Puzder, chief executive officer of CKE Restaurants, is set to appear Feb. 2 in the U.S. Senate Committee on Health, Education, Labor and Pensions. Committee chairman Sen. Lamar Alexander, R-Tennessee, on Monday called Puzder “a respected Tennessee business leader who understands how excessive regulation can destroy jobs.”
President-elect Donald Trump’s transition team confirmed Tuesday that Puzder has submitted financial disclosure forms to the U.S. Office of Government Ethics, the independent agency that helps nominees craft agreements to minimize the potential for conflicts of interest. The ethics office hasn’t yet published Puzder’s disclosure forms, or his ethics pledge.
Senate Democrats are raising doubts about Puzder’s fitness for the job. They convened a panel on Jan. 10 that featured former workers from CKE, parent company of Carl’s Jr. and Hardee’s restaurants, complaining about working conditions and pay. Advocacy groups such as the National Employment Law Project also have criticized Puzder’s stances on labor such as his opposition to minimum wage increases.
Puzder’s nomination seemed to hit a snag over the weekend amid a report, from CNN, that the nominee was considering dropping out of the running. CNN quoted an anonymous source who said Puzder “is not into the pounding he is taking, and the paperwork.”
The Trump transition team, pushing back, pointed to a tweet on Monday from Puzder’s account in which he said he is “looking forward” to his confirmation hearing. Trump’s team cited Senate scheduling issues to explain why the hearing was delayed.
As the vetting process continues, employment lawyers on the labor and management sides are sharing their own observations about what Puzder should disclose to show he is fit, and without conflict, to serve as secretary of the Labor Department.
Puzder is required to submit a 278e form at the government ethics office—revealing assets and sources of income—as part of the process. He and other executive branch nominees must also craft an ethics agreement to mitigate any financial conflicts of interest.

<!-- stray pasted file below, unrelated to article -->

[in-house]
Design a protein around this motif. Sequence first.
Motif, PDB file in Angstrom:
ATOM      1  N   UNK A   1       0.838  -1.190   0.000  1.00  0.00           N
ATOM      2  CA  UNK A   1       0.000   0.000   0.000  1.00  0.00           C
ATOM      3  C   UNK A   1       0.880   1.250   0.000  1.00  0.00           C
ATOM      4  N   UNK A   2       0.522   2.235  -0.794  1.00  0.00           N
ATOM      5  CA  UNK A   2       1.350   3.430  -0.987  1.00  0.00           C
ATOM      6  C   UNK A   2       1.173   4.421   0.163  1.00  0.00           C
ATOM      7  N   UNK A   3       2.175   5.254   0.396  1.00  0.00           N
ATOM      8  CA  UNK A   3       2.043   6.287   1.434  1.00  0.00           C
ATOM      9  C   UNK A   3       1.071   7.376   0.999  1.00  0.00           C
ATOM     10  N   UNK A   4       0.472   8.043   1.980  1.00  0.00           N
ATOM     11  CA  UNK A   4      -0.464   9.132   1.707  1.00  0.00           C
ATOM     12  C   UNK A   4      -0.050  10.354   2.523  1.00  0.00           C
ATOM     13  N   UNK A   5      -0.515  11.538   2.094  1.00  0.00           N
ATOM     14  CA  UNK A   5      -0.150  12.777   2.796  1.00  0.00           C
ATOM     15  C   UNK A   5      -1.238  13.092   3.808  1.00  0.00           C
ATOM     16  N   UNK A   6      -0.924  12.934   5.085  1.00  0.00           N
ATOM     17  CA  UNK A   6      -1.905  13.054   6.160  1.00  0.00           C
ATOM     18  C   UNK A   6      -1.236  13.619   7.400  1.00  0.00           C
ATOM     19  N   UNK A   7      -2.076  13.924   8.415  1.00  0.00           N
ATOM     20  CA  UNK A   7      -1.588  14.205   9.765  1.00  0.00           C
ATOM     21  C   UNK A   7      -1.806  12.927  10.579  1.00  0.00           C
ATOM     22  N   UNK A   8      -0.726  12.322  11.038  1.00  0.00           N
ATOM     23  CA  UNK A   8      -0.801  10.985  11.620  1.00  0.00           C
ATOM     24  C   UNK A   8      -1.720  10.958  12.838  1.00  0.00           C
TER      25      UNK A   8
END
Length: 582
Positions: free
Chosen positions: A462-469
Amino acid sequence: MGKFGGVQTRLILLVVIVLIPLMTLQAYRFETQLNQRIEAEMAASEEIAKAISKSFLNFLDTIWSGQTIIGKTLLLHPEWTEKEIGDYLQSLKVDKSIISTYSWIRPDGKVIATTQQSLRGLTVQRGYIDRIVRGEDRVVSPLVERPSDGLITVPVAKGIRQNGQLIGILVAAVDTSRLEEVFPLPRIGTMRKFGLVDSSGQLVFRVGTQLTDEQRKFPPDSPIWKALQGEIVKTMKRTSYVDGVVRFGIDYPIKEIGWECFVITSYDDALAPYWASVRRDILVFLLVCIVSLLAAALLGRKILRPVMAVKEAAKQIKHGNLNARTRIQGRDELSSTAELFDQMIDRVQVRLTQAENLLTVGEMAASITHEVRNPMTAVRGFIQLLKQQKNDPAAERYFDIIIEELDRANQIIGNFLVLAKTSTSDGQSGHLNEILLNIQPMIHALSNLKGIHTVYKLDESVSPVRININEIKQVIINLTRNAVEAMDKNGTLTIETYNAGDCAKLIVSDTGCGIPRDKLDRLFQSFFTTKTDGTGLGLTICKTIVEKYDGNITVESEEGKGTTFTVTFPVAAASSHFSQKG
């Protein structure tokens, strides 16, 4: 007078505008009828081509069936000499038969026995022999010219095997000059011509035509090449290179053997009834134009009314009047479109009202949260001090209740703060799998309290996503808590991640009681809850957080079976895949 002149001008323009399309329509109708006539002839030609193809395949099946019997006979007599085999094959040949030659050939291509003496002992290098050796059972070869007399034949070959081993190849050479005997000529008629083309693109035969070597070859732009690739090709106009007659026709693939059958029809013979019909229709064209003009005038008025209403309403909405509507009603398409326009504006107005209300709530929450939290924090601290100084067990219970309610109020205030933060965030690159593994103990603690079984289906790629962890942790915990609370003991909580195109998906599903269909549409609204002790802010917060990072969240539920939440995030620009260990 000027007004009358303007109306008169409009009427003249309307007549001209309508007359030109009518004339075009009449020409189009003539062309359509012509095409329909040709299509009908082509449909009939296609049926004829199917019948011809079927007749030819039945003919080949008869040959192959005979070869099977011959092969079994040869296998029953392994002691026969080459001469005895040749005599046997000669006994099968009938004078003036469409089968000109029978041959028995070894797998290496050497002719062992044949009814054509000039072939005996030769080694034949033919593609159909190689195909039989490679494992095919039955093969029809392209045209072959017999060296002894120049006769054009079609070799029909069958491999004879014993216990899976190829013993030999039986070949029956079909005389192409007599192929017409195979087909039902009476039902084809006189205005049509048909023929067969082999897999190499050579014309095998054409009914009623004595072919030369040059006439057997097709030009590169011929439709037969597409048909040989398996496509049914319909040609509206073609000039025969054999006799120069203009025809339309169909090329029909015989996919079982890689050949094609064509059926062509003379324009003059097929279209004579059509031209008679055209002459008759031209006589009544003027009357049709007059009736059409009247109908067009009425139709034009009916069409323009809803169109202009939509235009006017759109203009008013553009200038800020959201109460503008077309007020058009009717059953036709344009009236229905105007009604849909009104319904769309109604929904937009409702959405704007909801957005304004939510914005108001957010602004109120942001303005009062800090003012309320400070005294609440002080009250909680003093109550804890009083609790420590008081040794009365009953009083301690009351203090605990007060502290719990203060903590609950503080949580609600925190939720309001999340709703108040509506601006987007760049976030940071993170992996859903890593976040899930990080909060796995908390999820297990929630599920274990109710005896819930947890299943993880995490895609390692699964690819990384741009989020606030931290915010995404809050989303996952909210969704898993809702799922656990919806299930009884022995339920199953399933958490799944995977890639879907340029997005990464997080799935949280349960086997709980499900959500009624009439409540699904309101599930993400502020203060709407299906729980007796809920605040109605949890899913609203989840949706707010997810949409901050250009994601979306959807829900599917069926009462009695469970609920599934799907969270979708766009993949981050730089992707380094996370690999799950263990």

Public disclosure of these documents is required, but the forms have not yet been shared by the ethics office. The office, led by Walter Shaub, did not respond to a request for comment.
Avi Kumin, a partner at Katz, Marshall, & Banks in Washington who represents employees, said Puzder’s record on labor will come from his tenure at CKE Restaurants. Puzder doesn’t have a background in public-sector positions.
‘’I would like to see disclosure of things like worker pay data and worker benefits data,” Kumin said. “Is there a history of overtime or other legal violations at CKE that suggests that his approach to management has been worse on those types of issues as compared to other private-sector executives?”
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“The fact that [Puzder] is the CEO of a major corporation is certainly a start, but has he been a good or bad CEO?” Kumin said. “That’s a relevant question.”
David Lopez, a partner at Outten & Golden in Washington who served as the general counsel to the U.S. Equal Employment Opportunity Commission from 2010 until last month, said fast-food industry safety violations are often subject to investigations from federal labor agencies.
The Labor Department signed an agreement with fast-food chain Subway in July to improve its restaurants’ training and compliance practices after the department found a history of wage-and-hour violations at the company. In October, two owners of Washington-area Johnny Rocket’s restaurants agreed to pay the Labor Department $571,460 in back pay and damages to settle allegations that servers were denied overtime pay and the minimum wage.
“It’s just really important that the American people, through their representatives, be provided the assurance that he is going to fight for them, the working families, and not his industry,” Lopez said. He said he would also like to see Puzder disclose any contributions he or his company have made to organizations that take stances on labor issues, such as raising the minimum wage. Representatives in Congress and voters, Lopez said, “have the right to know.”
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“Fortunately, this isn’t like some of the other nominees or designees for various positions where we know that they’re a billionaire—but beyond that, what do we know?” Suflas said.
Puzder has commented in the news media over the years on many employment-related topics. He wrote in a Forbes op-ed that the Labor Department’s expansion of overtime eligibility to millions of additional workers— a Texas trial judge enjoined the rule—would lead to increased expenses for employers.
Puzder criticized the Obama administration’s joint-employer rules, which he argued in a Wall Street Journal op-ed would “destroy” the fast-food industry business model.
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